Many local men paid the ultimate sacrifice during the Great War and are commemorated on the War Memorial.  One of them, Cuthbert Bromley received the Victoria Cross for bravery at Gallipoli.
During the Second World War, the people of Seaford not only served their country but were subject to many bombing raids. The civilians killed are also noted on the War Memorial.  Claud Raymond of Belgrave Road and David Jamieson of Ladycross School both received the Victoria Cross for their gallantry in action.

One forgotten victim of the War was Ruth Kahlenberg, a Jewish pupil at Mickelfield School. She died whilst hiding from the enemy in Nazi occupied Holland.

After the War, Winston Churchill paid many visits to Seaford (his wife, Clementine, once lived in the town) where he often hired a boat for a trip round the bay.

During the Falklands conflict in 1981, former St Peter’s scholar, Colonel Herbert Jones (known as “H”)  led 450 men to victory at Goose Green against an Argentine stronghold of over 1,500 troops.  He was posthumously awarded the Victoria Cross. Although he is buried at San Carlos War Cemetery, his name was added to the school memorial board which is now on display at the museum.

Seaford, half way between the elegant resort of Eastbourne and the exciting and rather risqué resort of Brighton, found it difficult to compete for the holiday trade. The town therefore gave itself up to private schools.  The proximity to the downs and the healthy sea air made it an ideal location for young children and many schools were established in the town.

In the 1870s, one notable teacher was Herman Ebbinghaus, a young German who came to England to improve his English. He taught at Mr Bull’s Gentleman’s Academy situated in West House.  After returning to Germany he opened a psychological laboratory at the University of Berlin, here he researched memory and devised methods of remembering based on nonsense words. He also studied vision and human perceptions of colour and did important work in testing the mental ability of children. His two important books on memory are still used as works of reference today.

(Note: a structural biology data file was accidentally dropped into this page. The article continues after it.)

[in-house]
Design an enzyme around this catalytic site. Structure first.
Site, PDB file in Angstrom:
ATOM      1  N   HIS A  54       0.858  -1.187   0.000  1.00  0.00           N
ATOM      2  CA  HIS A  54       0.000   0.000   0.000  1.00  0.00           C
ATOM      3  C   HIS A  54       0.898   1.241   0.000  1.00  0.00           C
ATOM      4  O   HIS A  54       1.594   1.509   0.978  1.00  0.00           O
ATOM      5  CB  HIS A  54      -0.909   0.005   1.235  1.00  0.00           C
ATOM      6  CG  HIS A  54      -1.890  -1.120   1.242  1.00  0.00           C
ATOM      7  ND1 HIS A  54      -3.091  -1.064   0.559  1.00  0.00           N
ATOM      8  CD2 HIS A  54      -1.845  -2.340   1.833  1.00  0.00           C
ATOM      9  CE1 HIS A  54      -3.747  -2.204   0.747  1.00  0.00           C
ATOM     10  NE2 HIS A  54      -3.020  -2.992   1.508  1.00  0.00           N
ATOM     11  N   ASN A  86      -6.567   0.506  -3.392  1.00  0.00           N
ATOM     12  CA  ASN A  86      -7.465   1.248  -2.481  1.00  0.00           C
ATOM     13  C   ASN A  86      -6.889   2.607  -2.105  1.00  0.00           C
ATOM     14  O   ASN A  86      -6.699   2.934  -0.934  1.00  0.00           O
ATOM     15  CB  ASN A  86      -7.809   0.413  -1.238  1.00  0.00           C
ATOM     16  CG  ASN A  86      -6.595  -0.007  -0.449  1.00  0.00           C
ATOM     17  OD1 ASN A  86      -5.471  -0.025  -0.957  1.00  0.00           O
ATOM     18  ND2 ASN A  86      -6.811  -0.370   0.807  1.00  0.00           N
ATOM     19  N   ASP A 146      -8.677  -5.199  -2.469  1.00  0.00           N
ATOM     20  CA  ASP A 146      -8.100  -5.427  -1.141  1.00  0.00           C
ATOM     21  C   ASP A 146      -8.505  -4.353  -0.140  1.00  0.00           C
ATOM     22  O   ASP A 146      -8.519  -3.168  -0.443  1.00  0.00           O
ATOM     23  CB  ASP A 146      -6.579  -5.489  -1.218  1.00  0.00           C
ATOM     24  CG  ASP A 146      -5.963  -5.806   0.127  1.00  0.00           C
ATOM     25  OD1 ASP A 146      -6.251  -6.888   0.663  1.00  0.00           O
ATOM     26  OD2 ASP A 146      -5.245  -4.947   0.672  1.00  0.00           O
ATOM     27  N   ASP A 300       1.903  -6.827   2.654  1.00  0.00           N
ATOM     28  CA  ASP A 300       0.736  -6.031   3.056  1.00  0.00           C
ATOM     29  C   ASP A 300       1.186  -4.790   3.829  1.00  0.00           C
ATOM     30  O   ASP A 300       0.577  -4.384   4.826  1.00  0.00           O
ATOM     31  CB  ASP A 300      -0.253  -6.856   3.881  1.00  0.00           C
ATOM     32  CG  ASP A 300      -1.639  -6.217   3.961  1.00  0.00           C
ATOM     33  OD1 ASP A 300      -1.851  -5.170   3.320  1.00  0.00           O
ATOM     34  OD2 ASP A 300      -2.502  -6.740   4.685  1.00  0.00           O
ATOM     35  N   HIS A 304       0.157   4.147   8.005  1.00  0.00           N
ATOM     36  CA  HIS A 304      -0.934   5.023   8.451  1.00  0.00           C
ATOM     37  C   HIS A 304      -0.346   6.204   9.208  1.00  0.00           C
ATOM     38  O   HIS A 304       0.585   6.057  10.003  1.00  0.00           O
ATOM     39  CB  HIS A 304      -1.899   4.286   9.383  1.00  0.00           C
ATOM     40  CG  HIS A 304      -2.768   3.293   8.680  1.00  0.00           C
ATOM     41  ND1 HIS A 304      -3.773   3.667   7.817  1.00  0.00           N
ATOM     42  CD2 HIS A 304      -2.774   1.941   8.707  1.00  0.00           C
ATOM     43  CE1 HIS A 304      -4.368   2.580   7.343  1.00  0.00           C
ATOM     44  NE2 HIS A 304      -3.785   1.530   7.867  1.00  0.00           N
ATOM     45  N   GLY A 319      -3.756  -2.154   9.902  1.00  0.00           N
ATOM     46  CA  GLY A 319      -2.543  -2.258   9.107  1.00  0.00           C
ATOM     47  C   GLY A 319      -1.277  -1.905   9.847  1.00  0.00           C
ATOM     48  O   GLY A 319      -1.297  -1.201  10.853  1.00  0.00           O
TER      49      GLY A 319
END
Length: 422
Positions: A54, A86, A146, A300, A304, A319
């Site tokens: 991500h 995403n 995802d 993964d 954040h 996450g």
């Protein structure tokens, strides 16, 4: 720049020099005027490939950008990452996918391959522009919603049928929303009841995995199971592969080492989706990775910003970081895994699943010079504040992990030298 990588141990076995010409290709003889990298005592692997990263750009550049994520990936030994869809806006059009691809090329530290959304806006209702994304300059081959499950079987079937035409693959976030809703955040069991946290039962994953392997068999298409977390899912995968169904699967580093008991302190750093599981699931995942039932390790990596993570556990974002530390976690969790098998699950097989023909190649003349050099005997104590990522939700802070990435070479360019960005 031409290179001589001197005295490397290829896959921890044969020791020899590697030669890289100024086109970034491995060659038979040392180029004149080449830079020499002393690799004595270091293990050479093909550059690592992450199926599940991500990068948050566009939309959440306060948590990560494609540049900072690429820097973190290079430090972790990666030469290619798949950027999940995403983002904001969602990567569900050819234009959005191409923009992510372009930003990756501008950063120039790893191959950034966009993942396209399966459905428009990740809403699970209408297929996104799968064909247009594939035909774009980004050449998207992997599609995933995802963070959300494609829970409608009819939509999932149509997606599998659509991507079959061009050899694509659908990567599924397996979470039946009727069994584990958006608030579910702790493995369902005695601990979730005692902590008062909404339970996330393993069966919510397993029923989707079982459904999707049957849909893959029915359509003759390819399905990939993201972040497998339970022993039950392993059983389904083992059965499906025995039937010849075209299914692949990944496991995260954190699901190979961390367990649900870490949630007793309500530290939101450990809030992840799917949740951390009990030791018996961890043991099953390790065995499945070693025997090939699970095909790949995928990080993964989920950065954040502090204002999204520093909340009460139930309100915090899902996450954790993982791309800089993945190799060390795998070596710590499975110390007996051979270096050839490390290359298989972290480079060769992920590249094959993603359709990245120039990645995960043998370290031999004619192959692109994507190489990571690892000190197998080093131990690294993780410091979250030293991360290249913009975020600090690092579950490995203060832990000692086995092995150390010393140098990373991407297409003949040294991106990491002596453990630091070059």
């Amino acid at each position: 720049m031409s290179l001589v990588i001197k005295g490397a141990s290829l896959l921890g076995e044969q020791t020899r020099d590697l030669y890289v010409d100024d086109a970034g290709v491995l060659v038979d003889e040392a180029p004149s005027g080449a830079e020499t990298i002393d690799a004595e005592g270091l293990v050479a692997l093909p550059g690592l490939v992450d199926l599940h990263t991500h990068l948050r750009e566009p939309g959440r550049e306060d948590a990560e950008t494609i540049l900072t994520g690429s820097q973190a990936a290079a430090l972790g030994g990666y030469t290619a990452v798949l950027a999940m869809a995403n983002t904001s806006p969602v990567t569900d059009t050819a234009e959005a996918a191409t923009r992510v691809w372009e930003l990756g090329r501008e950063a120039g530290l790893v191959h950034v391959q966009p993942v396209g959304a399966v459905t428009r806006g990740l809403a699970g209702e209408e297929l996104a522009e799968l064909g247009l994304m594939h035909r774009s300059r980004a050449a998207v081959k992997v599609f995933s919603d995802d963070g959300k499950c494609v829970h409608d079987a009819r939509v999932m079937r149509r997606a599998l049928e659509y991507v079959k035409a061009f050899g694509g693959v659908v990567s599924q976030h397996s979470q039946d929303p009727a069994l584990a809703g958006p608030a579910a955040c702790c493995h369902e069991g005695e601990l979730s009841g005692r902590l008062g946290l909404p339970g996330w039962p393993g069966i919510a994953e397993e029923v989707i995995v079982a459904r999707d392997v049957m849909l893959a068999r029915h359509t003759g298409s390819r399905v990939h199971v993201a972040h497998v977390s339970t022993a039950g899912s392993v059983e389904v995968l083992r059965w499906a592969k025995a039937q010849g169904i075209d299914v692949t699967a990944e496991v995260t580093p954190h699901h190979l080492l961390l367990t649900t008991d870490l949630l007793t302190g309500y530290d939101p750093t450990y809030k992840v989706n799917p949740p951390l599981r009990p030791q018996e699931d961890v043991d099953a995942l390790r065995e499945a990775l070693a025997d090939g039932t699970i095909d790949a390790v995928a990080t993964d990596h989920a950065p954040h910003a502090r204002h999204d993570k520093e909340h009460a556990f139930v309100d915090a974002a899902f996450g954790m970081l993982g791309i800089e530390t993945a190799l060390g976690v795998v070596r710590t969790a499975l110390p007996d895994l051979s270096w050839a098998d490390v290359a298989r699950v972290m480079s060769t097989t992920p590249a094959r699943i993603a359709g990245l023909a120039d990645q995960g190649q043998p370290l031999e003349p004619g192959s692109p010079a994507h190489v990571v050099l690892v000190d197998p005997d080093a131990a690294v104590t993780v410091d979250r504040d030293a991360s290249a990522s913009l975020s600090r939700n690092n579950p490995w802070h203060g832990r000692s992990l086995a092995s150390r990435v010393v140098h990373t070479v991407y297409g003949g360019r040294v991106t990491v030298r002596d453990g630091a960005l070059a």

Another teacher who lived in Seaford was Mark Anthony Lower, the historian and founder of the Sussex Archaeological Society.

Remarkably two famous Dames of the Theatre were both schoolgirls in Seaford at roughly the same time; whilst Dame Peggy Ashcroft was attending Gateways Kindergarten School on the seafront, Dame Margaret Rutherford was playing lacrosse at Ravenscroft School on the Eastbourne Road.

The McWhirter Twins, Ross and Norris spent their early school years at Chesterton School they achieved fame as sportsmen and journalists and also edited the Guinness Book Records.  Anthony Blunt the art historian and infamous spy attended St Peter's School in the Alfriston Road as did Colonel “H” Jones one of the last people to be awarded the Victoria Cross.

Actress Penelope Keith went to Anncey which is still a popular School in the town.  Even Sir Richard Branson braved the Seaford winds for a year at Cliff View House, a Crammer school.

******* Other superlatives of Seaford  ********

Sir Richard was famous for attempting balloon records which wasn’t a problem for Henry Coxwell. He built a balloon in his workshops in Richmond Road (opposite Safeways) and in 1862 used it to attain a world record altitude record of nearly 7 miles.